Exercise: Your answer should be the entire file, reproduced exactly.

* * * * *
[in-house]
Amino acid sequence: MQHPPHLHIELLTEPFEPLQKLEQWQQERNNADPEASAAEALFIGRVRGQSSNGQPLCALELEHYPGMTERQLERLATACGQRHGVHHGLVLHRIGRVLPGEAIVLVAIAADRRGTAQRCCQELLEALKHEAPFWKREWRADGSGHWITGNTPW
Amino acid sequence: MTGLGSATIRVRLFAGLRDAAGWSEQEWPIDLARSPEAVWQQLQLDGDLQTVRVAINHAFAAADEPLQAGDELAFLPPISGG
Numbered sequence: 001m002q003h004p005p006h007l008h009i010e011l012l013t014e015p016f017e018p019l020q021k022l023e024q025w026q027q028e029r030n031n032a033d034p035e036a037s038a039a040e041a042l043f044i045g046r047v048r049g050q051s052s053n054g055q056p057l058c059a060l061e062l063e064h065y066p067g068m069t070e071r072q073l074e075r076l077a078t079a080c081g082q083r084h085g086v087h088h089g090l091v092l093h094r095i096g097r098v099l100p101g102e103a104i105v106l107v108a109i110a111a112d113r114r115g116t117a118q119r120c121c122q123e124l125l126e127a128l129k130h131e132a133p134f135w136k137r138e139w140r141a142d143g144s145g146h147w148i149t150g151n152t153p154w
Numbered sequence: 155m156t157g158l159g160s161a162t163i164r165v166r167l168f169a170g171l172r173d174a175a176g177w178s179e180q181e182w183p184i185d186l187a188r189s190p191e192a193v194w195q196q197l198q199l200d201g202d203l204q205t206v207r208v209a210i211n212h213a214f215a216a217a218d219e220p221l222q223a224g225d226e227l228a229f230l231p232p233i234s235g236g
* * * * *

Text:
[in-house]
Amino acid sequence: MQHPPHLHIELLTEPFEPLQKLEQWQQERNNADPEASAAEALFIGRVRGQSSNGQPLCALELEHYPGMTERQLERLATACGQRHGVHHGLVLHRIGRVLPGEAIVLVAIAADRRGTAQRCCQELLEALKHEAPFWKREWRADGSGHWITGNTPW
Amino acid sequence: MTGLGSATIRVRLFAGLRDAAGWSEQEWPIDLARSPEAVWQQLQLDGDLQTVRVAINHAFAAADEPLQAGDELAFLPPISGG
Numbered sequence: 001m002q003h004p005p006h007l008h009i010e011l012l013t014e015p016f017e018p019l020q021k022l023e024q025w026q027q028e029r030n031n032a033d034p035e036a037s038a039a040e041a042l043f044i045g046r047v048r049g050q051s052s053n054g055q056p057l058c059a060l061e062l063e064h065y066p067g068m069t070e071r072q073l074e075r076l077a078t079a080c081g082q083r084h085g086v087h088h089g090l091v092l093h094r095i096g097r098v099l100p101g102e103a104i105v106l107v108a109i110a111a112d113r114r115g116t117a118q119r120c121c122q123e124l125l126e127a128l129k130h131e132a133p134f135w136k137r138e139w140r141a142d143g144s145g146h147w148i149t150g151n152t153p154w
Numbered sequence: 155m156t157g158l159g160s161a162t163i164r165v166r167l168f169a170g171l172r173d174a175a176g177w178s179e180q181e182w183p184i185d186l187a188r189s190p191e192a193v194w195q196q197l198q199l200d201g202d203l204q205t206v207r208v209a210i211n212h213a214f215a216a217a218d219e220p221l222q223a224g225d226e227l228a229f230l231p232p233i234s235g236g